Micromobility operators, for instance, appear to be “refocusing more on local customers because there are fewer tourists,” pointed out Mohamed Mezghani. This move is stimulating a boom in offers based on subscriptions or long-term rental (Pony, Spin, Wheels – by the way avoiding health issues). Pick-up points for e-scooters are also being tweaked to get closer to this local customer base.
“Some [operators] are also diversifing their revenue streams by using e-scooters for deliveries.” This is the case for Voi, Dott, Gotcha…. Others, like Velib, Voi, Cityscoot, and Tier, are developing “corporate offerings so companies can propose this kind of mobility to their employees.”
Cooperation, like pooling bike storage or cleaning services, between rival operators is also emerging. “As will soon be the case in Lyon,” added Mohamed Mezghani.
Another development is the shift towards a “public service scheme for micromobility: a trend whereby the public authorities want to regain control of these services.” This implies a change of business model for micromobility operators: they could be financially supported by transport organising authorities instead of being charged fees. For the organising authorities, the advantage here is that they can better integrate these services into traditional public transport and better control supply and service quality.
On the goods transport side, “logistics will change a lot between now and 2050 but, more in terms of service and organisational innovations within companies, e-merchants in particular, than technological innovations,” anticipates Laetitia Dablanc.
“Most striking is the rise of outside-the-home deliveries.” These concern convenience stores in Europe, concierge services in Manhattan, or automatic lockers in Asia, the US and Germany. Such is their growing popularity, “new-build, large residential complexes, in China for example, now systematically include large parcel boxes.”
“A significant innovation because it uses algorithms and applications that everyone has to hand is instant delivery,” i.e. within two hours. The phenomenon started with meal deliveries and has since extended to other types of product. A self-employed activity, it raises questions about labour law worldwide. Yet Laetitia Dablanc points out how “[instant delivery] also represents tens of thousands of unskilled jobs available in major city centres, including for vulnerable populations like immigrants.”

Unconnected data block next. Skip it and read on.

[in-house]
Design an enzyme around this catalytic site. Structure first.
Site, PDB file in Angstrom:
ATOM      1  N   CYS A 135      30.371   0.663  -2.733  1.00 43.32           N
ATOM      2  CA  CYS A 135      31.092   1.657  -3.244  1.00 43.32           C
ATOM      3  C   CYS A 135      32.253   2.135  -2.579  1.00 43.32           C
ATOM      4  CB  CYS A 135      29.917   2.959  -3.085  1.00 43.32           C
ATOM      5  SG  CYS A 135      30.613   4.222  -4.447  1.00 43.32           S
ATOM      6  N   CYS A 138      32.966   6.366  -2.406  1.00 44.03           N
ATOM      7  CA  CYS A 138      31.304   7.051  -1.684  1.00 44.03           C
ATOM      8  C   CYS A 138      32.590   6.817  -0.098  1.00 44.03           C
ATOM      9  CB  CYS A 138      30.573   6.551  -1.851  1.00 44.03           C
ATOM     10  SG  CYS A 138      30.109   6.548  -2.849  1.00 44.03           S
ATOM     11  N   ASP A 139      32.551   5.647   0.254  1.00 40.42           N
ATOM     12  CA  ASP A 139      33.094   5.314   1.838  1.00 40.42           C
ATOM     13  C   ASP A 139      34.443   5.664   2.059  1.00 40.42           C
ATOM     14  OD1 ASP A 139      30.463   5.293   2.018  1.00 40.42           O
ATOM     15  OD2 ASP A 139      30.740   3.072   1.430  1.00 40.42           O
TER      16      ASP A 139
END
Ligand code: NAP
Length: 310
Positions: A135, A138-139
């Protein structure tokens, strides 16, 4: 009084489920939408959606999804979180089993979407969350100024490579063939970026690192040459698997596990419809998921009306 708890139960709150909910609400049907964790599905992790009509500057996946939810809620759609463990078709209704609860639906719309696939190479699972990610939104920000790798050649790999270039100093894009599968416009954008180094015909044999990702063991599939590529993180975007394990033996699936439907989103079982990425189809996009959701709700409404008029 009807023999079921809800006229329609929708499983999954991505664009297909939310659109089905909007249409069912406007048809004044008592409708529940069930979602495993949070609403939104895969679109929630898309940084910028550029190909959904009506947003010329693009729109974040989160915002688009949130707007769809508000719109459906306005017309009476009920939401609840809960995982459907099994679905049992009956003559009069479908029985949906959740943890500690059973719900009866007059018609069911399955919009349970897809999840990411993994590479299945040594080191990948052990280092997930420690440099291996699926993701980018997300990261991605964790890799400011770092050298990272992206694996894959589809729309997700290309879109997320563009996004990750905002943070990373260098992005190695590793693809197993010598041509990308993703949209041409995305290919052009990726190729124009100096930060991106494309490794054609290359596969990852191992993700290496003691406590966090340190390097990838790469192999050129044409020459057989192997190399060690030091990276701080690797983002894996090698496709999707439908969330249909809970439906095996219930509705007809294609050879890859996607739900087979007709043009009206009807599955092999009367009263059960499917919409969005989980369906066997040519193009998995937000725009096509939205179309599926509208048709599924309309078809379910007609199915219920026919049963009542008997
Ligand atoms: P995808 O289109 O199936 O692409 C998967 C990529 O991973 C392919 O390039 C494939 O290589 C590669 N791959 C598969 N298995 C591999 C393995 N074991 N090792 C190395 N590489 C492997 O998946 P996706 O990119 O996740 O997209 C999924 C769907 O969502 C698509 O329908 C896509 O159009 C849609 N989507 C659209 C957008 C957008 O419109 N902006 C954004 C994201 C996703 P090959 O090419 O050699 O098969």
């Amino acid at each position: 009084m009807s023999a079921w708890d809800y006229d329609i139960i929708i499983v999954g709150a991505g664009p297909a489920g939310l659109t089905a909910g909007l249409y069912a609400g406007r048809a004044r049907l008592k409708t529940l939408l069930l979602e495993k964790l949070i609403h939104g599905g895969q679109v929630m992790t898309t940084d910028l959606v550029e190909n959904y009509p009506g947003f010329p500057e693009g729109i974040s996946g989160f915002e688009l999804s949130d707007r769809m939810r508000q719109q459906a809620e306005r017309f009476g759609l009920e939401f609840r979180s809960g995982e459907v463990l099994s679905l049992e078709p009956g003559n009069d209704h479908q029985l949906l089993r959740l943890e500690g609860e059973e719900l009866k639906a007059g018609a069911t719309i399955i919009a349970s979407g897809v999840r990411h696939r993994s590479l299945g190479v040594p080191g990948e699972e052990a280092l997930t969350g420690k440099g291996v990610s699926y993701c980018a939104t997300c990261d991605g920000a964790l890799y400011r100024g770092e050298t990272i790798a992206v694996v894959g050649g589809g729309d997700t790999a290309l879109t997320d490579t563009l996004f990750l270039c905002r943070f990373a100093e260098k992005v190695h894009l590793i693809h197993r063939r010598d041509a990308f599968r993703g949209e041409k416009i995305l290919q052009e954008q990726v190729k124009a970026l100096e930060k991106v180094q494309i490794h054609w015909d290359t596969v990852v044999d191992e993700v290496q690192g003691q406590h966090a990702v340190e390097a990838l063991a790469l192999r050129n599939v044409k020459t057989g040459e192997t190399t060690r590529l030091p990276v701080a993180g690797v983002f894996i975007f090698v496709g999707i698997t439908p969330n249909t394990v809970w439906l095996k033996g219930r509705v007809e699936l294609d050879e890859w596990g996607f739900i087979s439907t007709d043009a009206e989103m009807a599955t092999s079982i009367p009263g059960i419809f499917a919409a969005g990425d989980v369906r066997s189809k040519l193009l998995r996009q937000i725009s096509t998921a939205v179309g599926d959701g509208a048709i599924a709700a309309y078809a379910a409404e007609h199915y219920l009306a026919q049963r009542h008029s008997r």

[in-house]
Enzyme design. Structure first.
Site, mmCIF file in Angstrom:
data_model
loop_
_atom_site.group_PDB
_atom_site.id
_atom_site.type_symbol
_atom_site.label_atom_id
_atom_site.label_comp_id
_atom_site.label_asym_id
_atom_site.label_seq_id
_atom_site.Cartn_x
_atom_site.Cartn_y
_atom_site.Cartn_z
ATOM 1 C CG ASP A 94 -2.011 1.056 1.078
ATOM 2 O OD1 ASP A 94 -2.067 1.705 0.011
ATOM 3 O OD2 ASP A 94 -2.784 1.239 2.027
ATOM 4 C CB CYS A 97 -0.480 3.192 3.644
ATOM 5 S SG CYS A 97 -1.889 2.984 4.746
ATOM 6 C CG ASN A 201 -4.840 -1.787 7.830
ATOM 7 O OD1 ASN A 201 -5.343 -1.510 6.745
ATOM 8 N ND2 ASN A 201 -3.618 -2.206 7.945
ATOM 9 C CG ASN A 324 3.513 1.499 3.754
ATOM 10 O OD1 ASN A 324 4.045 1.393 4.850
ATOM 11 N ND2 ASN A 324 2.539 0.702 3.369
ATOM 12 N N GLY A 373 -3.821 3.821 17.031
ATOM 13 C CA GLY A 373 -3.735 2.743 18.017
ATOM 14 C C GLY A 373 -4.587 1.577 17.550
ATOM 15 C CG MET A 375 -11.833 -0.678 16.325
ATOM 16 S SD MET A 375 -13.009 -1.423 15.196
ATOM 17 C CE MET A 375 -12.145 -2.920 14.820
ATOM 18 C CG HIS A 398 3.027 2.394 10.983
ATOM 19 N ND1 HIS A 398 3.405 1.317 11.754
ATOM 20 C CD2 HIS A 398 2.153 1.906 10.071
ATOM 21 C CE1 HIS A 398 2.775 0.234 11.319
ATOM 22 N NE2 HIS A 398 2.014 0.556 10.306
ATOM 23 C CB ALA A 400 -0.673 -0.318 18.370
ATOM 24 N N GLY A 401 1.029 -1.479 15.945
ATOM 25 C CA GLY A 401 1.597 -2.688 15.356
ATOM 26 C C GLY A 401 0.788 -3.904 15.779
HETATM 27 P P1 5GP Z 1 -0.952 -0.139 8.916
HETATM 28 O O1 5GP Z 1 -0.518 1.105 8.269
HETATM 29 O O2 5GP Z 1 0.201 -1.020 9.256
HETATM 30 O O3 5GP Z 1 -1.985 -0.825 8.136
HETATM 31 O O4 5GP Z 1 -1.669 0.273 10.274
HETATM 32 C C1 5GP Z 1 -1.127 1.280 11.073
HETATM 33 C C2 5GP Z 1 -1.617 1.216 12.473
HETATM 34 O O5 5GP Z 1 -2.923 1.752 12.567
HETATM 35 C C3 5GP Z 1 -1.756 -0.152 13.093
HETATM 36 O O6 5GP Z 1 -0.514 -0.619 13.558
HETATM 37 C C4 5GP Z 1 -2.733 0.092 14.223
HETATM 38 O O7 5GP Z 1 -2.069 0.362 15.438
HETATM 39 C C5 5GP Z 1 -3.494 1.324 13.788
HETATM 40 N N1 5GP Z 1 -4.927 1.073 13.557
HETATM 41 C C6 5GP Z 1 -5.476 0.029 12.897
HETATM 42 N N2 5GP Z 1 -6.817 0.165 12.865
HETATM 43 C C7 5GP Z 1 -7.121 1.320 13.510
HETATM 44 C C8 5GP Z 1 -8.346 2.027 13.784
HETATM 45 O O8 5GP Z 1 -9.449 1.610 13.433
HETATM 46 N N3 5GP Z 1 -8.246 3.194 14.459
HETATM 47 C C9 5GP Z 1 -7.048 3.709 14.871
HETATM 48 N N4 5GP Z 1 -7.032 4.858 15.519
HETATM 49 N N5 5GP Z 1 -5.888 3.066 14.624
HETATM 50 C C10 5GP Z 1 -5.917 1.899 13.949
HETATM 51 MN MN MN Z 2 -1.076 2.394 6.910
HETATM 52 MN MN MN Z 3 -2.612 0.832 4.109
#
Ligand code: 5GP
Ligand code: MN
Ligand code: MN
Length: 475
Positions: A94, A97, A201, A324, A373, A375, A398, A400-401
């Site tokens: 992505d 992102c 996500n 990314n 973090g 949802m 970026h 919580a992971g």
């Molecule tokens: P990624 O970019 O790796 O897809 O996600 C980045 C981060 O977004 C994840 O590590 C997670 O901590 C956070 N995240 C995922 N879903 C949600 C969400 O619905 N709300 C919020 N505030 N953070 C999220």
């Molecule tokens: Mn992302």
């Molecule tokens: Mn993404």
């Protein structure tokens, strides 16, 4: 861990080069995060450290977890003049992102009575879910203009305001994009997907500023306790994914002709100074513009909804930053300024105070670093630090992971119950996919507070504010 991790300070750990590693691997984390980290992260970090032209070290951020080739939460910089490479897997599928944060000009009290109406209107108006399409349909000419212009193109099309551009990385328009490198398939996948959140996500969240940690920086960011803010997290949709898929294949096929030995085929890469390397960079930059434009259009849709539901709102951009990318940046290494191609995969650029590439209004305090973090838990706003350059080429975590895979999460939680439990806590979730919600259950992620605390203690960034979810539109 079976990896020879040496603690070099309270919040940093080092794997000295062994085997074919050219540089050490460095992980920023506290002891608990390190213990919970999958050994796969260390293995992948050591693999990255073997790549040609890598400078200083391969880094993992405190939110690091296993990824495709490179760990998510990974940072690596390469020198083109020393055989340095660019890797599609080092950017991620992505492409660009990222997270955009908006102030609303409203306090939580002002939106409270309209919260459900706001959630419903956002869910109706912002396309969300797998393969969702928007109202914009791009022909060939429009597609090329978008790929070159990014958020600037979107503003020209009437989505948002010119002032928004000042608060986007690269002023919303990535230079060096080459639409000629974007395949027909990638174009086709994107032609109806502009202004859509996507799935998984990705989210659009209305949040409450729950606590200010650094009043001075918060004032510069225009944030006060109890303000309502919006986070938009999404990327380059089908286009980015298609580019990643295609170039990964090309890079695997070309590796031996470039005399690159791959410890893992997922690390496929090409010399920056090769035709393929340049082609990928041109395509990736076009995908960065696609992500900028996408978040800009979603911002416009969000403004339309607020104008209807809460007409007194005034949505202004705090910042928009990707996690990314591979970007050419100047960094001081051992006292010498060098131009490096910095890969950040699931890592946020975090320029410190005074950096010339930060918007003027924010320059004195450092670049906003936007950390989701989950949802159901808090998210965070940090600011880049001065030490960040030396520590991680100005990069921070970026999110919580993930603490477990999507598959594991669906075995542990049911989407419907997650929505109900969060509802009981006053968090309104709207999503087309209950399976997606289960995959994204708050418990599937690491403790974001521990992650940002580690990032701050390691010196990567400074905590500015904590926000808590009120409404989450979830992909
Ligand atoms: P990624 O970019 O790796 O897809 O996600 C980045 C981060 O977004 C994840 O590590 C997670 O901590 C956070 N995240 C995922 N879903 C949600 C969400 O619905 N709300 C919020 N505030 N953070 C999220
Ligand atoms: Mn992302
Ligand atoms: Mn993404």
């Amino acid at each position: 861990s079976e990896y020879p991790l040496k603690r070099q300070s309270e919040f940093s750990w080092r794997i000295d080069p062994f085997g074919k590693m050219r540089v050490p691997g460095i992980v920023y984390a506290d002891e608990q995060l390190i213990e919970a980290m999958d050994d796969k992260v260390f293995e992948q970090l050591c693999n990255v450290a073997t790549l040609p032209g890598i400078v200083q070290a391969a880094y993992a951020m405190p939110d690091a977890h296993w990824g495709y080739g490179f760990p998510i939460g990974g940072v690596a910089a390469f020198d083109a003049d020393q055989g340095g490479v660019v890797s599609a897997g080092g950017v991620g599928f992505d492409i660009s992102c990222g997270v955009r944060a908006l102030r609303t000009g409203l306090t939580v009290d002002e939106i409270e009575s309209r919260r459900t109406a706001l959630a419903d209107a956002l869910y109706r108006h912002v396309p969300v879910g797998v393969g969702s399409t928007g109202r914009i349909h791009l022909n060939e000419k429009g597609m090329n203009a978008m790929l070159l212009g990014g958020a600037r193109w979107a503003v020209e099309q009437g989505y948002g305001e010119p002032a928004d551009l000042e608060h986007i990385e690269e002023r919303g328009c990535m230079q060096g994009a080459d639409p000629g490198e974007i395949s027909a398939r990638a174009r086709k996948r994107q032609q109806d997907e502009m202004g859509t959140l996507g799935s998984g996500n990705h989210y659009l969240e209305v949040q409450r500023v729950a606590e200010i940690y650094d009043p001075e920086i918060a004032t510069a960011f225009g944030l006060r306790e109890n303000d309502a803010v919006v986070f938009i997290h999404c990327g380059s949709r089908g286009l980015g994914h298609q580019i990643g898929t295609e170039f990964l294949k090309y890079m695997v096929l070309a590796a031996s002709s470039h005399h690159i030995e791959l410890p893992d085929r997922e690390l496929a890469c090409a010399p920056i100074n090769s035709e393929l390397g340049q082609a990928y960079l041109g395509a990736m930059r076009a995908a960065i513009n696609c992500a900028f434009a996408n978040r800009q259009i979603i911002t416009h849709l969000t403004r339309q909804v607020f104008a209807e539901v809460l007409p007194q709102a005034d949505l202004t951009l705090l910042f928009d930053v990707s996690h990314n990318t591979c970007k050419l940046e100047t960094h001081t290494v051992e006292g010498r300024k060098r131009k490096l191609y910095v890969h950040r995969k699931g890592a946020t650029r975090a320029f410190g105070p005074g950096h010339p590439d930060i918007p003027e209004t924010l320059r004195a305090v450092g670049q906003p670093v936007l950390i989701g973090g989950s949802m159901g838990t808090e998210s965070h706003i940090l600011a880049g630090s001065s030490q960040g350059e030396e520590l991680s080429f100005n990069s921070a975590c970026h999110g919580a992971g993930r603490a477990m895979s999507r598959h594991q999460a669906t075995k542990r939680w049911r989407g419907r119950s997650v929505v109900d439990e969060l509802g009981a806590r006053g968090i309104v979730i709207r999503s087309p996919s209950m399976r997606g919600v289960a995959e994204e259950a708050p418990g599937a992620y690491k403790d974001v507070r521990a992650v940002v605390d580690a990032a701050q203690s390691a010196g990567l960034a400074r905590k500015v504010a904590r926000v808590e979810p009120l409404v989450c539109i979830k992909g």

So-called “crowd-sourced deliveries” represent yet another emerging niche market. It involves private individuals with transport capacity in their backpacks or in the boots/backs of their hire vehicles during or in addition to their trip. “In France, the payment must only cover transport costs and under no circumstances should constitute a job, because transporting goods is strictly regulated,” Ms Dablanc explained.
Amazon Flex appears as an intermediate model. “The big brands have more and more urban warehouses so they can do same-day deliveries, or deliver within two hours, or even one hour for Amazon Prime Now, for people living in large cities,” expanded Laetitia Dablanc. In Los Angeles, Amazon owns 15 warehouses in the heart of the city. And here for Amazon, private individuals are doing the deliveries. “This is sizeable in terms of the traffic generated! […]. For a small warehouse with 10,000 to 20,000 square metres of space, you have 45 trucks, 250 vans, and 850 individual Amazon Flex cars coming and going every day!”
Paris, for instance, has taken the step to retain a logistics warehouse in the city, over several storeys “to grab less land,” explained Ms Dablanc. Here, no deliveries by individual cars but an Amazon service provider who uses the rooftop as a parking lot and recharging point for its electric vans. Ville de Paris has also successfully promoted its multi-storey ‘logistics hotels’ designed for mixed use (logistics but also offices or sports facilities). Small urban warehouses are thus appearing – sometimes even on the streets in China! – and becoming “points of final, networked massification for a brand, prior to delivery to end-customers”.
With regards local stores, the Covid-19 pandemic has led to many municipalities setting up web platforms providing information on home deliveries from local stores. “I really believe offering these services is going to become the ‘norm’ for small retailers, too,” said Laetitia Dablanc.
Increased competition over occupying public space
One consequence of the rise in micromobility, for both transporting people and goods, is “that urban chaos is becoming more complex,” observed Ms. Dablanc. Indeed, competition is fierce for the space allocated to vehicles, whether on the roads or pavements, between buses, trams, bikes, scooters, delivery droids (on the pavements) or robots (on the roads), pedestrians of course… and the car! “We really need to focus on this particular issue of sharing public space in our debates,” concluded Mohamed Mezghani.
Illustrations (article): presentations by M. Mezghani and Ms Dablanc
Cover photo: Flickr-CC-Sam Saunders